The nine justices of the US Supreme Court on Monday heard oral arguments about a hotly debated question as to how innovative an invention should be to receive legal protection.
The justices heard a one-hour argument in a case that will ultimately affect software companies and a wide range of businesses that sell products containing computer-implemented features. The Supreme Court is expected to hand down its ruling by the end of June.
The Supreme Court agreed to take the case after a split US Court of Appeals for the Federal Circuit ruled in May 2013 that an abstract idea is not patentable simply because it is tied to a computer system.
The case before the Supreme Court involves Alice Corporation, which holds patents for a computer system that facilitates financial transactions. The patents are challenged by CLS Bank International, which says they are not patent eligible. The Alice patents cover the simple idea of reconciling accounts at the end of a trading day.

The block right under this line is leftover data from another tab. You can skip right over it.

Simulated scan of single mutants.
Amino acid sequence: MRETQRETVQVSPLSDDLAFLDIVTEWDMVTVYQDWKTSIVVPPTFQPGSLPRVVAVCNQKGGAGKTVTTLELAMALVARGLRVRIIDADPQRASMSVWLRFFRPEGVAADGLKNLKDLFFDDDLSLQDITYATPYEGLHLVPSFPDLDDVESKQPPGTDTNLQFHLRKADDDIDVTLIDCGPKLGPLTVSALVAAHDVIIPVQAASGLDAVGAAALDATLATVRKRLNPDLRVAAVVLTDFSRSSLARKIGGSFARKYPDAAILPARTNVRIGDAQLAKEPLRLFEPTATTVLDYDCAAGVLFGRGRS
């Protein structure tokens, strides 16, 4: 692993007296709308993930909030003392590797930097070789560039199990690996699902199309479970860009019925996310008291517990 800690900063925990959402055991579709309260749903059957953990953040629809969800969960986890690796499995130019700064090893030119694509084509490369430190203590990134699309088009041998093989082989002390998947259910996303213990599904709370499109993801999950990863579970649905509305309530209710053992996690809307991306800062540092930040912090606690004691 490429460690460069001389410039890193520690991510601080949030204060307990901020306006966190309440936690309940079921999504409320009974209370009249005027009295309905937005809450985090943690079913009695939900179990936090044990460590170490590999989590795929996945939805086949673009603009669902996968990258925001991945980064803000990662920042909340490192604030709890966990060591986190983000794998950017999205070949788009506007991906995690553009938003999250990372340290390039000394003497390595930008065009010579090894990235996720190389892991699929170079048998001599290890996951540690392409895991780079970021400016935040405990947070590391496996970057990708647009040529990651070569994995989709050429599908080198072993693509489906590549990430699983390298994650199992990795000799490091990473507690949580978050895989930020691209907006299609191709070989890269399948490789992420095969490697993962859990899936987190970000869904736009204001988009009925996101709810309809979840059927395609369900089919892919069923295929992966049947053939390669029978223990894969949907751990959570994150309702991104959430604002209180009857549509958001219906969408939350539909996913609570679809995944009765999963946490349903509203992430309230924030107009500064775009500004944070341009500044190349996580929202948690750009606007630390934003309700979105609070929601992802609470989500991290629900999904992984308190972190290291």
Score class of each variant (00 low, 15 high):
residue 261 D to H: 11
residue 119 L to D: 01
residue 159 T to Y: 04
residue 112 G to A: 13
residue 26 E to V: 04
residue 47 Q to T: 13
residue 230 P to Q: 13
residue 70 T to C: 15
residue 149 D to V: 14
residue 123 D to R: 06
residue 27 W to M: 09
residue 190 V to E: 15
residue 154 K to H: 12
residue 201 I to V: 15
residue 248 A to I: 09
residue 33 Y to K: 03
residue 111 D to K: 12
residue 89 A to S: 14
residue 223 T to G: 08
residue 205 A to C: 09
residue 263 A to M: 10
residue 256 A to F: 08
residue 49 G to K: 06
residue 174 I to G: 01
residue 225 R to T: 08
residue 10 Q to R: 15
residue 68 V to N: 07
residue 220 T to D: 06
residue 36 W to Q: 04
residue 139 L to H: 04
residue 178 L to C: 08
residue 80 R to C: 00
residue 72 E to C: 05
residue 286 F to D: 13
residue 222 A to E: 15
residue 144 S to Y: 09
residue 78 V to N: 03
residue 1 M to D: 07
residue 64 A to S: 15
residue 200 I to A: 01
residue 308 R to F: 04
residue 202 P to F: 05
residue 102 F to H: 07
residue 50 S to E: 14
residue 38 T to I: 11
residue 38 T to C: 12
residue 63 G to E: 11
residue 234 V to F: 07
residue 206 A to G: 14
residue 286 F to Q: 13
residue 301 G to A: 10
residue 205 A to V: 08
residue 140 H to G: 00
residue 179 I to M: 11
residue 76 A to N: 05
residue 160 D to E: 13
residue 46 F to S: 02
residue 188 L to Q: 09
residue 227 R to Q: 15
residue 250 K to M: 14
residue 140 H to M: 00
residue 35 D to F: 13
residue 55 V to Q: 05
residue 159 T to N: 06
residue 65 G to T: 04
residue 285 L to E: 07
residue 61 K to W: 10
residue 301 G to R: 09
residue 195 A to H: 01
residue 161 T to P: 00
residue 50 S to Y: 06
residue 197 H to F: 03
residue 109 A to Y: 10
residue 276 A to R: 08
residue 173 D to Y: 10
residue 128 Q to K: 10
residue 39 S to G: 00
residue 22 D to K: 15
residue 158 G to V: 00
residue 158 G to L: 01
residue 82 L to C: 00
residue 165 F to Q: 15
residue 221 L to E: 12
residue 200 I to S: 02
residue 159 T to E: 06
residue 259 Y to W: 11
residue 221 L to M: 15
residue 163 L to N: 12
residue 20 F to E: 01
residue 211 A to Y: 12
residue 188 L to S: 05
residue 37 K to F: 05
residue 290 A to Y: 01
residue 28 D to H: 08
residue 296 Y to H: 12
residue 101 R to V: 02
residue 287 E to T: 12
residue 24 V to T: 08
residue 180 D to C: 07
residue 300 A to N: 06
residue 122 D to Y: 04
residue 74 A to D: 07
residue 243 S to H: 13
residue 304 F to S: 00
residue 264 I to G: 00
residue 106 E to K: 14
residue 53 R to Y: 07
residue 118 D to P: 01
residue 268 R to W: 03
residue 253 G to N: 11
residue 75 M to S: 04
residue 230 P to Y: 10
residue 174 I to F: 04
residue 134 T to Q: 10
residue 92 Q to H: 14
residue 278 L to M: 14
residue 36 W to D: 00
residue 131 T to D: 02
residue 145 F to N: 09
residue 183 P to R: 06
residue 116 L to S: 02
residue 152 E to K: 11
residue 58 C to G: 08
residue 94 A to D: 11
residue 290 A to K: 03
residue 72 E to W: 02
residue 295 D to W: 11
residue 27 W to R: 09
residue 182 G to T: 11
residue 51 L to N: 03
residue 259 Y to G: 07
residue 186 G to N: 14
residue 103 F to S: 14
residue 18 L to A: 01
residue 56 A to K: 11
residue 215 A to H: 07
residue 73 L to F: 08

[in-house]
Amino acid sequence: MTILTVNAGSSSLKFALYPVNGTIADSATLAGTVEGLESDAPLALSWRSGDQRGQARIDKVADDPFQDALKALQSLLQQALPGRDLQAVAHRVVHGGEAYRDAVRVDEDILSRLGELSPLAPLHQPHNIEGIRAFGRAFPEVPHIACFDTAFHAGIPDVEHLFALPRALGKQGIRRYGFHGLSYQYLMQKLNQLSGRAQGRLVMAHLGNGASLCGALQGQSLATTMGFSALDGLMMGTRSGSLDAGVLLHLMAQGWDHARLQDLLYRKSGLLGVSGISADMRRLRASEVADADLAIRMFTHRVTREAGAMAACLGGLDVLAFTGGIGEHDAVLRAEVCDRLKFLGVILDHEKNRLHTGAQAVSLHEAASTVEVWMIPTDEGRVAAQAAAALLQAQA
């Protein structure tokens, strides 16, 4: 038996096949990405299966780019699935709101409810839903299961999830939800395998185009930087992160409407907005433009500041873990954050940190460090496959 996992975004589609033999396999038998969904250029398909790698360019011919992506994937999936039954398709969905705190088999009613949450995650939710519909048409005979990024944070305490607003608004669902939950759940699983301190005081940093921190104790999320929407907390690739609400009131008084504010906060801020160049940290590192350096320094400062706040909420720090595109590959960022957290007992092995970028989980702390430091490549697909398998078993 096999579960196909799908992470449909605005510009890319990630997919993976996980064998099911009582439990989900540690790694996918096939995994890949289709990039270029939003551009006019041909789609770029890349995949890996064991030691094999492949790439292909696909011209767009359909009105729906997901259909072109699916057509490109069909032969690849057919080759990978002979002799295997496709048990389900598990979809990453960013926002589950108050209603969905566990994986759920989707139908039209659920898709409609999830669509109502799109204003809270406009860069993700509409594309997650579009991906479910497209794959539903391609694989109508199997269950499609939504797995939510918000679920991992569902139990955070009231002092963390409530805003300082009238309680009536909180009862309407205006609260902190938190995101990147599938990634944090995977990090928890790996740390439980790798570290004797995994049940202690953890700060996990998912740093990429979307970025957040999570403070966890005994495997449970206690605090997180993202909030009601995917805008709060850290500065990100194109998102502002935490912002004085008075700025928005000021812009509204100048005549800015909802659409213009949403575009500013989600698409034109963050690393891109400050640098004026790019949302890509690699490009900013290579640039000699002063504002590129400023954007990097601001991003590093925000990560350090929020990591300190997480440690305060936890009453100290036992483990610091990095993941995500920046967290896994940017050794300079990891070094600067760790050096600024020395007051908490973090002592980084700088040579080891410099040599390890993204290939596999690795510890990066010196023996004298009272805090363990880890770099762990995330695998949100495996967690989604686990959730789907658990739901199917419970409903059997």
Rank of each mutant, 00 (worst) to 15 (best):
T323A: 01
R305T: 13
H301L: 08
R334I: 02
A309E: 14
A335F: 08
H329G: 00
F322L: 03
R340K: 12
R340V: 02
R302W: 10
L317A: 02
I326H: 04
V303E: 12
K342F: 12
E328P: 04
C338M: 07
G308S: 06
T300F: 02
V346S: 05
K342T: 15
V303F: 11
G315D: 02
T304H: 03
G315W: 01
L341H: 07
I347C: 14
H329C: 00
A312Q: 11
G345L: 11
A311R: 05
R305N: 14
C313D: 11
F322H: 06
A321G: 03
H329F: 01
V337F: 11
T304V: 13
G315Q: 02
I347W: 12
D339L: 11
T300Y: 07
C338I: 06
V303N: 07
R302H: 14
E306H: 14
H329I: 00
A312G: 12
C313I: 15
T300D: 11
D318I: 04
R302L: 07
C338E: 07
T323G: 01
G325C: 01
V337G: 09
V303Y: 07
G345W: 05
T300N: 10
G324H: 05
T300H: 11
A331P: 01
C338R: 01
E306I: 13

The US Patent Act states that anyone who "invents or discovers a new and useful process, machine, manufacture, or composition of matter," or an improvement of an existing one, can get a patent. An invention related to an abstract idea can be patented, but it must include a way of applying the idea.
The Supreme Court ruled in the 1970s that an algorithm, which is a set of simple instructions on how to carry out a task, is not itself patentable. That would suggest that anything which can be carried out solely by a computer is not patentable because a computer program is by definition an algorithm.
Lower courts, however, ignored the Supreme Court ruling and affirmed patents that were written and functioned solely on computers without human interaction. Alice Corporation said that because its idea requires the use of a computer, it is patentable.